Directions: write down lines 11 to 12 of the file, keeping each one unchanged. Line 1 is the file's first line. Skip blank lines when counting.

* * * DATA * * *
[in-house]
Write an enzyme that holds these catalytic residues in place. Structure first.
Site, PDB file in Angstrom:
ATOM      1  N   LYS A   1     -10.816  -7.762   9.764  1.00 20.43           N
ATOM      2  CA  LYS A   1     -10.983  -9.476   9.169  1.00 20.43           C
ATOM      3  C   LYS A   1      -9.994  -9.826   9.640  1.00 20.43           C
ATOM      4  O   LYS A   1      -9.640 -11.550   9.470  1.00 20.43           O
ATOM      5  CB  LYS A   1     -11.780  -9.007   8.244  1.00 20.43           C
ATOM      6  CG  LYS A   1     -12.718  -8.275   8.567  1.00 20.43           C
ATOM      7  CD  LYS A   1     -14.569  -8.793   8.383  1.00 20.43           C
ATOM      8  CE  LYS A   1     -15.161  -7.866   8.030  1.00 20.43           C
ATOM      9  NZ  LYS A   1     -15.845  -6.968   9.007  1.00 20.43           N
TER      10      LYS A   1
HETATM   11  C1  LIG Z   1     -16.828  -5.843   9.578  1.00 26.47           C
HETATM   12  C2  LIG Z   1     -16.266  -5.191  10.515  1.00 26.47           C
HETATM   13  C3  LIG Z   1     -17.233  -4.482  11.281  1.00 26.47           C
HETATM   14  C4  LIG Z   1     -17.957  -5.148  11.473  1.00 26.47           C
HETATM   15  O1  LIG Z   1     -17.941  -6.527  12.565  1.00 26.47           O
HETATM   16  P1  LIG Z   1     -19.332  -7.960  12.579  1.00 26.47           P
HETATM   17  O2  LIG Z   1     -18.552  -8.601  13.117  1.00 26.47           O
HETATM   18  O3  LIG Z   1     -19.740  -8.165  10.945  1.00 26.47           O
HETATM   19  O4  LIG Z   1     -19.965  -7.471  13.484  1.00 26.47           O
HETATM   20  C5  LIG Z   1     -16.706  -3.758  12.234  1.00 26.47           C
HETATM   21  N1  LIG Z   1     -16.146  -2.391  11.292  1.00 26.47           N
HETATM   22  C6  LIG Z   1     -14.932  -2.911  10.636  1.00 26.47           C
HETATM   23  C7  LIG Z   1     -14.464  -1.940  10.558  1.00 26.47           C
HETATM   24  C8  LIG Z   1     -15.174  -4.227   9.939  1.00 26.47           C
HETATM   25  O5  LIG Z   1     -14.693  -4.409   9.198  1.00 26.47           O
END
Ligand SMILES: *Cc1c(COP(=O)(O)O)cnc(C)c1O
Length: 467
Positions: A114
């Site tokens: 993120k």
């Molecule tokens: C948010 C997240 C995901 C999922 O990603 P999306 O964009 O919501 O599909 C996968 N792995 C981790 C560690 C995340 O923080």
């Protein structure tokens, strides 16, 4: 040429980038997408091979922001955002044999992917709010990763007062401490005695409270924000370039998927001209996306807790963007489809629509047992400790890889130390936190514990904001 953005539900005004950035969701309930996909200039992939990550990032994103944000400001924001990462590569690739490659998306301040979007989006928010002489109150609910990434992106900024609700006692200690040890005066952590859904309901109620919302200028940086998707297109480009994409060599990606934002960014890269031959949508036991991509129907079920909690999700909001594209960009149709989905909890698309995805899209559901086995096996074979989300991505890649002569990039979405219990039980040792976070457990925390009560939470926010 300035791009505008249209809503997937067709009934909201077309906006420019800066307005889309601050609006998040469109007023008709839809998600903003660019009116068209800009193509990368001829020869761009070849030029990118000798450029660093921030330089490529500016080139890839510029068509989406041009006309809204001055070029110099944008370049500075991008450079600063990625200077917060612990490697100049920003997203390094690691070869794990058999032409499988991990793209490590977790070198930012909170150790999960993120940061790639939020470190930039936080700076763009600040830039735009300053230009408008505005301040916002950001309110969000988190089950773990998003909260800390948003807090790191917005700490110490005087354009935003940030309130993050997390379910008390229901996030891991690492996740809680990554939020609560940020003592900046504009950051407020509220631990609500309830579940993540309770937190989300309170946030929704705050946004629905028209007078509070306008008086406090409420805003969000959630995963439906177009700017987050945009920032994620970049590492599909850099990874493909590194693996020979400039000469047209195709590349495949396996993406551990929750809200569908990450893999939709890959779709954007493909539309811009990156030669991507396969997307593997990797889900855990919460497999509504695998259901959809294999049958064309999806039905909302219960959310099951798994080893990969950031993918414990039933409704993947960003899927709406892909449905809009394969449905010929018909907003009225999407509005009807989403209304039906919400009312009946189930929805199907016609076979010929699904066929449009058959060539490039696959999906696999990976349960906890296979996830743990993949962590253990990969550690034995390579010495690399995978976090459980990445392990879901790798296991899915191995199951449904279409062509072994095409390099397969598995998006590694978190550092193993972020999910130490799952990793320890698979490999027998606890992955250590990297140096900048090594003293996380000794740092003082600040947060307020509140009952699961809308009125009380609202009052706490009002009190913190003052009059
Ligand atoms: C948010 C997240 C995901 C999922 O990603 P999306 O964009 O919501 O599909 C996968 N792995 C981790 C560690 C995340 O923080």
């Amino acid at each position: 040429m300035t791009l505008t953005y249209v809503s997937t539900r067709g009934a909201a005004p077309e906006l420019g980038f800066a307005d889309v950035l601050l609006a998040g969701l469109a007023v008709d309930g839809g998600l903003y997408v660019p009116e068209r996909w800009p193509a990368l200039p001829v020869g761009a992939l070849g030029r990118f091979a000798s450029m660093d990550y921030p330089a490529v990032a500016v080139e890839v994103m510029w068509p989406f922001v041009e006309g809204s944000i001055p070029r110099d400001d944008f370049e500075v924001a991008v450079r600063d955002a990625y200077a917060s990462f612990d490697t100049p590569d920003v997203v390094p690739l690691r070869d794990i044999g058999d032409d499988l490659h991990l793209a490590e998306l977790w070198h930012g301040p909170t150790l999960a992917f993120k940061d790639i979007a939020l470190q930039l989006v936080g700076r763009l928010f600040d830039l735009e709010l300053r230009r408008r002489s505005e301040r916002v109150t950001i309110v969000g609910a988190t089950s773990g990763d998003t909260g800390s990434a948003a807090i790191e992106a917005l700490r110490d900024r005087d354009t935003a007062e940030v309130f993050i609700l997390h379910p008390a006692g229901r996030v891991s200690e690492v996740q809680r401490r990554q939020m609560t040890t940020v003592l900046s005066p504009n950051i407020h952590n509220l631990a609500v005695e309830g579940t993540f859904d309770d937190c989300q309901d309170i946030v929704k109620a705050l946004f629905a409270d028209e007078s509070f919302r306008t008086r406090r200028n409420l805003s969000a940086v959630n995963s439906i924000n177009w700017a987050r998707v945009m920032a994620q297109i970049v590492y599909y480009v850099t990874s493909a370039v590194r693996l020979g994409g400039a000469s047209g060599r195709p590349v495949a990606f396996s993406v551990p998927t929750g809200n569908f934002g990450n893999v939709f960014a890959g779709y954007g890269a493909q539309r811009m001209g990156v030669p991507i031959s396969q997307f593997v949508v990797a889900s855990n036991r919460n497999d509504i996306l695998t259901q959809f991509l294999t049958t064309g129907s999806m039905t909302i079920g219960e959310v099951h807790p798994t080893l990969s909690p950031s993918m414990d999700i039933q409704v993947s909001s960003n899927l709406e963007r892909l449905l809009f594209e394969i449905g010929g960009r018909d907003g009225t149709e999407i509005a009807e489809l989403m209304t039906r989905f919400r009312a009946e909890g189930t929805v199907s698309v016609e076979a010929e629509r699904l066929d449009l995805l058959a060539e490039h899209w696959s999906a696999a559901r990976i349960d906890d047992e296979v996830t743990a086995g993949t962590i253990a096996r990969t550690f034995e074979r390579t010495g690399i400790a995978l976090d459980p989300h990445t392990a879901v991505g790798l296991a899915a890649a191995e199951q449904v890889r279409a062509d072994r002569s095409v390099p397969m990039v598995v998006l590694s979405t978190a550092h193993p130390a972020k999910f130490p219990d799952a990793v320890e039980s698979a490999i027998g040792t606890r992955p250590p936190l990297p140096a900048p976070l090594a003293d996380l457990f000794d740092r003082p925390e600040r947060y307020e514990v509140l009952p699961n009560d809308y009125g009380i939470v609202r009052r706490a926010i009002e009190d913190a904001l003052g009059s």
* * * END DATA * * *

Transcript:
ATOM      8  CE  LYS A   1     -15.161  -7.866   8.030  1.00 20.43           C
ATOM      9  NZ  LYS A   1     -15.845  -6.968   9.007  1.00 20.43           N